I keep asking myself this question: "Where would KU be if Toben Opurum had not signed with KU last year?" It's a tough question to answer, but I think we know this much for sure: The Jayhawks coaching staff is sure glad that T.O. is on campus now. Much like McDougald, Opurum has shown great maturity for his age. Nothing seems to rattle him, and Mangino has been impressed with his ability to improve week to week. Opurum has gotten the tough yards for KU inside, rushing 69 times for 320 yards and a 4.7-yard average. He also has shown the ability to make tough catches and also block. Opurum's emergence gives KU two solid options in the backfield when Jake Sharp returns from his injury.
2. Chris Harris
After being named the Big 12's defensive newcomer of the year in 2007, Harris took a huge step back in 2008. Many began to question if his 2007 season was legitimate. Was he good, or was his success a product of getting help from cornerback Aqib Talib in 2007? This season, Harris has set out to prove that 2008 — and not 2007 — was the fluke year.
The junior is leading the Jayhawks in tackles (32), third in tackles-for-loss (3.5) and also has three pass breakups and a forced fumble. When KU fans hoped for an improved secondary coming into the year, I'm sure few of them believed that Harris would be a main reason for it.
1. Maxwell Onyegbule
Maxwell Onyegbule seemed to follow the same pattern in his years at KU: start with a good offseason, get the coaches' attention in preseason, then struggle to contribute during the season. We heard more good things about Onyegbule this preseason, but I wasn't shocked when many folks believed that this was much of the same for Onyegbule and that he wouldn't contribute once gamedays arrived.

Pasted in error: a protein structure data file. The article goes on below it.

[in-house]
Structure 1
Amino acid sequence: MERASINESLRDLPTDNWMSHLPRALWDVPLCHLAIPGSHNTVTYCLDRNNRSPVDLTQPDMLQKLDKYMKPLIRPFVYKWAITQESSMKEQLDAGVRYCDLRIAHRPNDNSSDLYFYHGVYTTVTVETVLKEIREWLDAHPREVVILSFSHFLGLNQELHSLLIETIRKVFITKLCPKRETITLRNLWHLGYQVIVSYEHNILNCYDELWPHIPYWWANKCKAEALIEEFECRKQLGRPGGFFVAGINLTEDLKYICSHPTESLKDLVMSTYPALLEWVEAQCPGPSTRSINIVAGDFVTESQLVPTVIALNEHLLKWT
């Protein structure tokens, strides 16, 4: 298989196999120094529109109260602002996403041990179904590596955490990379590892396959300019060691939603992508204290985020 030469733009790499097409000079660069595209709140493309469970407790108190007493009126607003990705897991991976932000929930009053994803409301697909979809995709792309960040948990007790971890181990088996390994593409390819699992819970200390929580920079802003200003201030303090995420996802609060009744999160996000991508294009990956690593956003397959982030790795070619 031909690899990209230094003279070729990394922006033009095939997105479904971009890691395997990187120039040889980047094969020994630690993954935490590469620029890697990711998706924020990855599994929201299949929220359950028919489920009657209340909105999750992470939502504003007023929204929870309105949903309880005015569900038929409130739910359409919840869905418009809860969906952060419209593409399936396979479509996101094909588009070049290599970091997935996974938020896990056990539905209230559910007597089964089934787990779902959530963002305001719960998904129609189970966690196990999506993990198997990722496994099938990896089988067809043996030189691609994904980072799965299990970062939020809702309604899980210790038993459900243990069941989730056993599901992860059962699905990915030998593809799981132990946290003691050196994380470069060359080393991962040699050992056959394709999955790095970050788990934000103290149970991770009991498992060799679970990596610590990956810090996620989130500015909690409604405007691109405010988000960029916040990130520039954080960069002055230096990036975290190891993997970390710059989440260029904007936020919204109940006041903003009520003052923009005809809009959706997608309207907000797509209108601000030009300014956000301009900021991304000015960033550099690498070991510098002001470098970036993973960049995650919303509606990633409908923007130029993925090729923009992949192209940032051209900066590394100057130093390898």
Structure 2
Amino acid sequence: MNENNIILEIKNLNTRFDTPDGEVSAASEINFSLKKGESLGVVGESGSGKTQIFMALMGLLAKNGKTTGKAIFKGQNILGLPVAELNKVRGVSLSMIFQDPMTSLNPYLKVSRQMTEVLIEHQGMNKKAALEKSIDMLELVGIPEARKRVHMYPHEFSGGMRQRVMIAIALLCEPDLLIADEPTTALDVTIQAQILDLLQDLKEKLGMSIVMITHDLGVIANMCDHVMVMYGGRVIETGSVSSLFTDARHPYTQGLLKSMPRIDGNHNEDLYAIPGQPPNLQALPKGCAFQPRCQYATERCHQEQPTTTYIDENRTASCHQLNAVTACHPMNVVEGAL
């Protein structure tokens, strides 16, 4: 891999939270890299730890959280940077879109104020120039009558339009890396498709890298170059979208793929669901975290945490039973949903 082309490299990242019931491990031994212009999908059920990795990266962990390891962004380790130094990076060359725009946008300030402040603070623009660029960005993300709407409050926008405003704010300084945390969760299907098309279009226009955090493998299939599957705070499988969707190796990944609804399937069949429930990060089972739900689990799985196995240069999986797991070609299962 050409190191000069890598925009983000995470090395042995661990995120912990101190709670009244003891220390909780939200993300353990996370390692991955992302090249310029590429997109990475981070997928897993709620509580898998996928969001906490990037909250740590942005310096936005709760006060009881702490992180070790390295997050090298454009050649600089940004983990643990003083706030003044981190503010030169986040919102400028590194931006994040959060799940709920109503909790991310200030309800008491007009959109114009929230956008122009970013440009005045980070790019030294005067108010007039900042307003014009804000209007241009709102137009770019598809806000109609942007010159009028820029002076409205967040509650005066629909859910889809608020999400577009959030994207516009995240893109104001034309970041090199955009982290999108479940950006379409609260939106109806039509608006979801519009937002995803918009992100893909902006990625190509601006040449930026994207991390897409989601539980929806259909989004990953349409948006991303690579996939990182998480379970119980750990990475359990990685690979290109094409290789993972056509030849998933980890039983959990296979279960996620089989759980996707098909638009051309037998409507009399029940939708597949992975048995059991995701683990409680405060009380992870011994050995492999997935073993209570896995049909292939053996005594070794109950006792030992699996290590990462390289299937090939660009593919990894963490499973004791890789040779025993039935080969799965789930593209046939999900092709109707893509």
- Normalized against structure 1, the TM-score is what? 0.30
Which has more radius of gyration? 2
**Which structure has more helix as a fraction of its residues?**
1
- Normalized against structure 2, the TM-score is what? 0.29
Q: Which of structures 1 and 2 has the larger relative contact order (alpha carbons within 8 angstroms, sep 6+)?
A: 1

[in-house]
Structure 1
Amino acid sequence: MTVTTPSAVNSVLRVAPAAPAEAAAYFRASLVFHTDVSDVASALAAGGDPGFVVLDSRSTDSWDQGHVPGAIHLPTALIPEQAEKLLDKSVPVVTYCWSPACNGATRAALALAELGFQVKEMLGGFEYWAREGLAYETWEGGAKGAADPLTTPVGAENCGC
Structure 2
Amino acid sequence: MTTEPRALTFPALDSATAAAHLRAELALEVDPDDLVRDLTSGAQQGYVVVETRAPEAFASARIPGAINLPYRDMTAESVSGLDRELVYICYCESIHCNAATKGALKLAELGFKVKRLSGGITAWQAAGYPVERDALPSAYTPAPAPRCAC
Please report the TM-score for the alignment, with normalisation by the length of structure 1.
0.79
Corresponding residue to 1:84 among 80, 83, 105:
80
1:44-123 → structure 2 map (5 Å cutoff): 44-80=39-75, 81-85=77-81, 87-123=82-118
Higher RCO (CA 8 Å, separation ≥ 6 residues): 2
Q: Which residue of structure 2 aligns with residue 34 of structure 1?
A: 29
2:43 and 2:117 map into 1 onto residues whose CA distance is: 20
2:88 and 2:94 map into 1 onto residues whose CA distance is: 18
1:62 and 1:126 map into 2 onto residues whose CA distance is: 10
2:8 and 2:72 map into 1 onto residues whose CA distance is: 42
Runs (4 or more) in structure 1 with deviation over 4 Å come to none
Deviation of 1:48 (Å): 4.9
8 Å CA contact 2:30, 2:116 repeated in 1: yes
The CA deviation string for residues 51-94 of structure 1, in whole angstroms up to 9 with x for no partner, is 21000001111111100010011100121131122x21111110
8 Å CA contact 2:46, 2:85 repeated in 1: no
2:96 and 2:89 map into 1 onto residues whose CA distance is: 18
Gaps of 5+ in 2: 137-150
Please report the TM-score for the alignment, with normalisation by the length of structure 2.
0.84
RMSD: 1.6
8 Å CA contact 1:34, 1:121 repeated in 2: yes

Well, simply put, Onyegbule has been dominant so far for KU. In four games, he has three sacks, 4.5 tackles-for-loss, an interception return for touchdown, two pass breakups and 14 tackles. He also earned co-Big 12 defensive of the week honors after posting two sacks and six total tackles against UTEP. Most importantly, he has given KU another threat at rushing the quarterback besides the dependable Jake Laptad.
Onyegbule might be the single most important player for KU in the second half of the season. When Onyegbule was pressuring the quarterback in KU's first three games, the Jayhawks defense turned into a solid if not spectacular unit. Without Onyegbule's pressure against Southern Miss (he had just two tackles and a half tackle-for-loss), KU's defense looked somewhat ordinary once again in the first three quarters. If the Jayhawks are hoping to at least slow down some of the Big 12 offenses coming up, they'll need Onyegbule to continue playing like the biggest surprise on this year's squad.